Yoginis literally means female practitioners, and sometimes refers to accomplished female practitioners. For example, among the famed 84 Mahasiddhas of India, four were female: Laksminkara, the mad princess; Manibhadra, the model wife; Kanakhala, the younger of the two headless (severed-headed) sisters; and Mekhala, the elder of the two headless (severed-headed) sisters.
Mahasiddhas are the spiritual practitioners who within one lifetime have attained self-realization through real life experiences. This spiritual realization grants them mystical powers or siddhis. Some of the mystical powers are: increasing or decreasing one's size at will; making oneself invisible; assuming forms at will; power to control one's passion; the power to fly; the power to enter another person's body; the power to levitate; achieving high speed; to move about anywhere unnoticed; the power of obtaining everything; irresistible willpower; causing temporary paralysis in someone; control over others; infinite mental powers. These are some of the traits that come with being realized, but they are not the key purpose of attaining enlightenment.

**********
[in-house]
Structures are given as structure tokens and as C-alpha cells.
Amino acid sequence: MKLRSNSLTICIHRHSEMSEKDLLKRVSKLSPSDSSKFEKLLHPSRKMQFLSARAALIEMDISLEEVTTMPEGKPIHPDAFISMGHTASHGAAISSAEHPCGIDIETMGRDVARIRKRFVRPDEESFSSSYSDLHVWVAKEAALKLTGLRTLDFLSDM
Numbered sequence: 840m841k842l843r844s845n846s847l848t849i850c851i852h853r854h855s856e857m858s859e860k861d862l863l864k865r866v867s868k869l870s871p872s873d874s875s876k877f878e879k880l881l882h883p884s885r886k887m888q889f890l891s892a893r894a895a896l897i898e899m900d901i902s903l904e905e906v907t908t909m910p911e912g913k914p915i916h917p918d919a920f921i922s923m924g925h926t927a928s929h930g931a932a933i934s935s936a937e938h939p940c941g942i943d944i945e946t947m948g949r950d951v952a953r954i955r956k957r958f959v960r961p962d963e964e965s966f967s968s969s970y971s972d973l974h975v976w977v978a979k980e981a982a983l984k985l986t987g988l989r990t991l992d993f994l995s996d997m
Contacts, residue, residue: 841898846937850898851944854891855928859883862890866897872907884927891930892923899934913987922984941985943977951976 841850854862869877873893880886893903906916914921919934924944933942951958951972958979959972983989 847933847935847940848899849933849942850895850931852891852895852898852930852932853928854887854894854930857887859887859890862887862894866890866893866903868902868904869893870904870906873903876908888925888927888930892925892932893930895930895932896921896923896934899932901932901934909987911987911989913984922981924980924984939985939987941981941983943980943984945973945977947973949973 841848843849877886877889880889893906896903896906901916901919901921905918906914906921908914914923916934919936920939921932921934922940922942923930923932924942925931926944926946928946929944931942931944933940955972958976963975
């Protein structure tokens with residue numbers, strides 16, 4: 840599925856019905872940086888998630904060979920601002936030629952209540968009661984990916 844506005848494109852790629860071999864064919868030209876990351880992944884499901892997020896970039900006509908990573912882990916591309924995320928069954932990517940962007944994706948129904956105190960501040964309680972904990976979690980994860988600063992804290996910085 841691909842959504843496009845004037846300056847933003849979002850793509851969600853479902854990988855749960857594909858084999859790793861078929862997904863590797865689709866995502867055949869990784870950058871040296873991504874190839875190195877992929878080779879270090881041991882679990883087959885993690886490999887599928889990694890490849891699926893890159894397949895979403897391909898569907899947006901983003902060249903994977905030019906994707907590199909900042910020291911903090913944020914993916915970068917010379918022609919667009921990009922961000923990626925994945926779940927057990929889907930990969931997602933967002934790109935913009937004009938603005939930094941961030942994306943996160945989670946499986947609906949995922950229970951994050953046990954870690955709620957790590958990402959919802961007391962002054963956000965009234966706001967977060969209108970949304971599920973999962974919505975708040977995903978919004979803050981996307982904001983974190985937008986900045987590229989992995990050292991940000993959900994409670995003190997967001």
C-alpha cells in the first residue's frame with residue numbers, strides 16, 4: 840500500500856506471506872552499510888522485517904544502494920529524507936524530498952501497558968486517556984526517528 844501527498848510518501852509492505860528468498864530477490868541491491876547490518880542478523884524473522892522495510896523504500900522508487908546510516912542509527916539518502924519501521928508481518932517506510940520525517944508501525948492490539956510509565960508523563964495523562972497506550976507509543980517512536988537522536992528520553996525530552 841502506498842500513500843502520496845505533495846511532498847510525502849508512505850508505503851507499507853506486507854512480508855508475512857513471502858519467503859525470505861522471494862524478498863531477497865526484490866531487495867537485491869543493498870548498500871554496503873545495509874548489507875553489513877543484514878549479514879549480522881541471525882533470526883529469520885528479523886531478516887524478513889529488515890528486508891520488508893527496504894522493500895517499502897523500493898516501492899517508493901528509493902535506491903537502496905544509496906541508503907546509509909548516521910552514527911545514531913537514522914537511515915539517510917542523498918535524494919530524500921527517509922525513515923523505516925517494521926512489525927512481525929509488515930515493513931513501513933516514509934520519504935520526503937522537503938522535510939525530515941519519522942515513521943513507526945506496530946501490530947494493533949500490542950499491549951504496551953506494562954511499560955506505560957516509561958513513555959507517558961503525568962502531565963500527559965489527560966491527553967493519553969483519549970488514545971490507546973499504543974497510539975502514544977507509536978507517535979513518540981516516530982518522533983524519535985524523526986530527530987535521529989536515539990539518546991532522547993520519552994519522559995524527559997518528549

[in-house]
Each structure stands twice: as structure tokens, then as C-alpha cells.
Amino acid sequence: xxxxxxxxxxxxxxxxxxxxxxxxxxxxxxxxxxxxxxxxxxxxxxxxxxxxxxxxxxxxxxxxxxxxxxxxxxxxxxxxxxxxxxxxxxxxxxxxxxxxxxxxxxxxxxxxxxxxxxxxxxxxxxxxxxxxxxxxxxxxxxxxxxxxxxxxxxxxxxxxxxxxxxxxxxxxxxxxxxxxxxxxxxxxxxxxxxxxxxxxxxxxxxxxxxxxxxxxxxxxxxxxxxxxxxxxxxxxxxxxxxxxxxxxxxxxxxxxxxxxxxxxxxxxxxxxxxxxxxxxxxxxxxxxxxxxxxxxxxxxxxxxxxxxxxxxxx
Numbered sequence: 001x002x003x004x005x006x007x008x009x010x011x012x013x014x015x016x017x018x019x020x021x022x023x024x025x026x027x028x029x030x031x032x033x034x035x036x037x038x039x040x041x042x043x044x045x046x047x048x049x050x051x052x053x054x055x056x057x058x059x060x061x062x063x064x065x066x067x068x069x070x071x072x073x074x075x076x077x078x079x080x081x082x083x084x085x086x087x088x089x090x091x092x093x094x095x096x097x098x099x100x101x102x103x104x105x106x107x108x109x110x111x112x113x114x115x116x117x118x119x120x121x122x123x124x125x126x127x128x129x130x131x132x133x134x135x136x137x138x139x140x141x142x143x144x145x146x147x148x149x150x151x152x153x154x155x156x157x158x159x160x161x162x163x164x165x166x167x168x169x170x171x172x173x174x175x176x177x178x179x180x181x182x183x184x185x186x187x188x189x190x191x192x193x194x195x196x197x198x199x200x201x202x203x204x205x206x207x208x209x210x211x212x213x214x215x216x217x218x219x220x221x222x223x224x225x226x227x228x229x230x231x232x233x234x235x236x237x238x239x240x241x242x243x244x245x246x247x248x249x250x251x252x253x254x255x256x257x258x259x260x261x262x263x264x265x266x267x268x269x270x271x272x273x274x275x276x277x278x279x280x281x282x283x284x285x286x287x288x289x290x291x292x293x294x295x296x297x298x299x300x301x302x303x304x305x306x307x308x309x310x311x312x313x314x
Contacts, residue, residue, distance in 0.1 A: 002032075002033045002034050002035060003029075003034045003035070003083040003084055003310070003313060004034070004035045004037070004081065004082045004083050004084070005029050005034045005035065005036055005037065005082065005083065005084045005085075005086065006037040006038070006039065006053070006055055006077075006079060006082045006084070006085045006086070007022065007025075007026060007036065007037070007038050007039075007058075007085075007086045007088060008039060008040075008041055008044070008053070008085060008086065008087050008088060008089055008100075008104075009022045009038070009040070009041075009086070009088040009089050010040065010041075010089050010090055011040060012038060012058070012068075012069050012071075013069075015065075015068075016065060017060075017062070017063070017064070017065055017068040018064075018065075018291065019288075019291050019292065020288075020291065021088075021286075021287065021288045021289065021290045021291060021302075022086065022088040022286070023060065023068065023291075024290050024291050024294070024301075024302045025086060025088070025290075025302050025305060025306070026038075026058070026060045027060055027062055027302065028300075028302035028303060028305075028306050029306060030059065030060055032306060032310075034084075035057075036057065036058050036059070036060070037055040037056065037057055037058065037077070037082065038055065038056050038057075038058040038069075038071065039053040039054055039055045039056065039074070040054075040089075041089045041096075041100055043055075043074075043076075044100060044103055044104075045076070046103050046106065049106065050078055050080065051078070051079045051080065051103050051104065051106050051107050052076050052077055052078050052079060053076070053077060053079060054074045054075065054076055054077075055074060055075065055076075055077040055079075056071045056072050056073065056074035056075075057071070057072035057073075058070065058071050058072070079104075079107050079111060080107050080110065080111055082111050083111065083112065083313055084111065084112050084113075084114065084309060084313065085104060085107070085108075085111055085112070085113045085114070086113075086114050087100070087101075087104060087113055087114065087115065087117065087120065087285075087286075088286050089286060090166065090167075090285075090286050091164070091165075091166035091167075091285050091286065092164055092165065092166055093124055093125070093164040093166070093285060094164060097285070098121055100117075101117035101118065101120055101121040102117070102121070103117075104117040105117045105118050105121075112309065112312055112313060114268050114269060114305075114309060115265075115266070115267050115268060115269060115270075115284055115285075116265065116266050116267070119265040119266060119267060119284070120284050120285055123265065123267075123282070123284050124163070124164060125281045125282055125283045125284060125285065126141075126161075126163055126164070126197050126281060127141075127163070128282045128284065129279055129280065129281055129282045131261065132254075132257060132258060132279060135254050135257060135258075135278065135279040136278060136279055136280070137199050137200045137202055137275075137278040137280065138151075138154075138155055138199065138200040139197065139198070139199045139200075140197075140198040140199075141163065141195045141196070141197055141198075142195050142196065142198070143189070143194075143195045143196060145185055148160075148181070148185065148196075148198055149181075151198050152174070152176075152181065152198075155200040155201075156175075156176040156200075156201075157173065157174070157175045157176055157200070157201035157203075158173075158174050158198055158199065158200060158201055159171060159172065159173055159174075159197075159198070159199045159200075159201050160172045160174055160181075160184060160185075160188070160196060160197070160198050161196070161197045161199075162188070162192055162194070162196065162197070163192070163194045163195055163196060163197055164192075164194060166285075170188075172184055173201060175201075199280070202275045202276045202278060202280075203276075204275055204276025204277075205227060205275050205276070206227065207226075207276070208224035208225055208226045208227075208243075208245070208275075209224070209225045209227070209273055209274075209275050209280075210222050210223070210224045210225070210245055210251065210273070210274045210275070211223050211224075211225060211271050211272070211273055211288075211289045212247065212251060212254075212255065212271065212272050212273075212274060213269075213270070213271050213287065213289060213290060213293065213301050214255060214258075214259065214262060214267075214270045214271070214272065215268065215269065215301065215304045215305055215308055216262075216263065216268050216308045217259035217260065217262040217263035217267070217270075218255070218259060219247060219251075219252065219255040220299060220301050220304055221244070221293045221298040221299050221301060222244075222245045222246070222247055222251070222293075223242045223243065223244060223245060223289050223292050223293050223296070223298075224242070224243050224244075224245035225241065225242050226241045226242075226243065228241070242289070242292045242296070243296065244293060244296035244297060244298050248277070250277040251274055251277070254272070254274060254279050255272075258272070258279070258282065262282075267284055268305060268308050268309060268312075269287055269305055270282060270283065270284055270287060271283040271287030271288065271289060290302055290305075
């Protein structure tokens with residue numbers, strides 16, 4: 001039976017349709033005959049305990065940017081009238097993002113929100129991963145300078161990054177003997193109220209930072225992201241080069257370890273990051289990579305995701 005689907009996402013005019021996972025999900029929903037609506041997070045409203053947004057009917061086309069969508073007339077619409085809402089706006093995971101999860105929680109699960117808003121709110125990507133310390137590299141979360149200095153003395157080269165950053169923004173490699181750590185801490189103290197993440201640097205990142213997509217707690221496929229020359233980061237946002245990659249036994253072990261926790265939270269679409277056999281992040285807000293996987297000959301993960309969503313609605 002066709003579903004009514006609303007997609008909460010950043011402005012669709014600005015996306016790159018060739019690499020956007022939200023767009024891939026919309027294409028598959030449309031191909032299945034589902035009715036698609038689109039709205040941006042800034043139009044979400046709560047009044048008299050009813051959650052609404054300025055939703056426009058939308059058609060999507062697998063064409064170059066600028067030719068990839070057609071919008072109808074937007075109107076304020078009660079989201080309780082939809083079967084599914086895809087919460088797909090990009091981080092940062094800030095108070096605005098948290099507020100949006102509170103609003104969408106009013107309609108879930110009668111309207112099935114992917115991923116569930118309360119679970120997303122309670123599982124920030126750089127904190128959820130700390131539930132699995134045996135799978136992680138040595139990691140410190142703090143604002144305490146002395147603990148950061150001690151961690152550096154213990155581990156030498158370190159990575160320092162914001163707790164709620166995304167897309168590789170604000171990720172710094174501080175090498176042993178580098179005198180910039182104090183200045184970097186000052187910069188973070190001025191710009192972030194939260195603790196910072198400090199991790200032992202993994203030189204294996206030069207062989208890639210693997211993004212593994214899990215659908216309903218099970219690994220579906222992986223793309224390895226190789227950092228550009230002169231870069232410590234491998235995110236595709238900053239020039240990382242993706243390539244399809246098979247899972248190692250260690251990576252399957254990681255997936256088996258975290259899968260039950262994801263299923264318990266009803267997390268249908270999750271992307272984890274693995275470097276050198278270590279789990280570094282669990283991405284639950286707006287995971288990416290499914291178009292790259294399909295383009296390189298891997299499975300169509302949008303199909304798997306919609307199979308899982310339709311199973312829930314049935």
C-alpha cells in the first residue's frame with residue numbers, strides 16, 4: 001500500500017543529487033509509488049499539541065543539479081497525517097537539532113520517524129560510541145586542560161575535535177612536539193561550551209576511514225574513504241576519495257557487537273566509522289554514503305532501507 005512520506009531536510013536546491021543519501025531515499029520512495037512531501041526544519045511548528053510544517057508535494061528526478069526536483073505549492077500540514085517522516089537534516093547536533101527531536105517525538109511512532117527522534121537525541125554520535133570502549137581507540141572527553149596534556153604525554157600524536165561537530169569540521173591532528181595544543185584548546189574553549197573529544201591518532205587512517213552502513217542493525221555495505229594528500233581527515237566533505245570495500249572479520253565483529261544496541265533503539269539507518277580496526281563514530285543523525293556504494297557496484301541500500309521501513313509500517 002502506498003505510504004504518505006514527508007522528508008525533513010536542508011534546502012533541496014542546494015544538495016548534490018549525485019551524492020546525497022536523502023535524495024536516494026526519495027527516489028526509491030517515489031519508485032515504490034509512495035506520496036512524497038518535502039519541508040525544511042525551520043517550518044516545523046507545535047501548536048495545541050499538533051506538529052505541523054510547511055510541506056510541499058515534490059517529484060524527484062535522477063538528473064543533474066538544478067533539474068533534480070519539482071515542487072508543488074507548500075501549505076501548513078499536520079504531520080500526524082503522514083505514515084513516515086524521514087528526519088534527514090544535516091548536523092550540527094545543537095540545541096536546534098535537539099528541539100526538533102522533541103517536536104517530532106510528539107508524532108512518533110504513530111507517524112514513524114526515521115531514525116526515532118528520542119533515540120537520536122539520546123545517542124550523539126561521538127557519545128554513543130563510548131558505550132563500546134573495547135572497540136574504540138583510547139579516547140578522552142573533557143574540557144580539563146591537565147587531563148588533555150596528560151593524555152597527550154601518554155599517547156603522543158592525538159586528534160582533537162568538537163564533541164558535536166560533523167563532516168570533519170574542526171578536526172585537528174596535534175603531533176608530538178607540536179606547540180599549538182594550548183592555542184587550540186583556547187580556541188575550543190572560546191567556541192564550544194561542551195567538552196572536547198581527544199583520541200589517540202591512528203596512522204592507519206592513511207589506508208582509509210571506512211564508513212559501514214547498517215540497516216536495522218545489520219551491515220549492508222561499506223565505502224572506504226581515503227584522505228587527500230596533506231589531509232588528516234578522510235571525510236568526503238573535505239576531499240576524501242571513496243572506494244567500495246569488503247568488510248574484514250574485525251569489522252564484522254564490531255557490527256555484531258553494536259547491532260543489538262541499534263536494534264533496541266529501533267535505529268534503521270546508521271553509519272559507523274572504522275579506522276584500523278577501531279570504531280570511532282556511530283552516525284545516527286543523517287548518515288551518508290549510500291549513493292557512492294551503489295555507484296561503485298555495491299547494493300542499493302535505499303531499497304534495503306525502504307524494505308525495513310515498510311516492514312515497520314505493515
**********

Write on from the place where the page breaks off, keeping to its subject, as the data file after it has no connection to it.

The Drukpa Lineage, with Tilopa and Naropa, two of the 84 Mahasiddhas as its forefathers, is essentially a lineage of Mahasiddhas or enlightened yogis (Tib. Togdens). Since the time of Tsangpa Gyare, the founder of the Drukpa lineage, there have been many great female yoginis in the lineage, although not publicly well-known, they had benefited innumerble beings, especially setting themselves as inspiring examples to female practitioners of their times.
The first Drubwang Tsoknyi (1828-1904), an accomplished yogi of the Drukpa Lineage, was instrumental in establishing the biggest institution for female practitioners in Tibet - the Gechak Nunnery in Nangchen. Drubwang Tsoknyi was recognized as the reincarnation of Rechungpa, Milarepa's moon-like disciple, and Ratna Lingpa, one of the great tertons. Drubwang Tsoknyi instructed his disciple Tsangyang Gyatso to build the famed Gechak Nunnery which eventually had about 3,000 nuns, most of whom spent their entire life in solitary retreat, practicing the revealed treasures of Ratna Lingpa and special yogini practices belonging to the Drukpa lineage. Many of them attained rainbow bodies and enlightenment within one lifetime.
In this section, abridged biographies of the great female practitioners in Vajrayana or Tantric Buddhism are retold to encourage and inspire women on the spiritual path.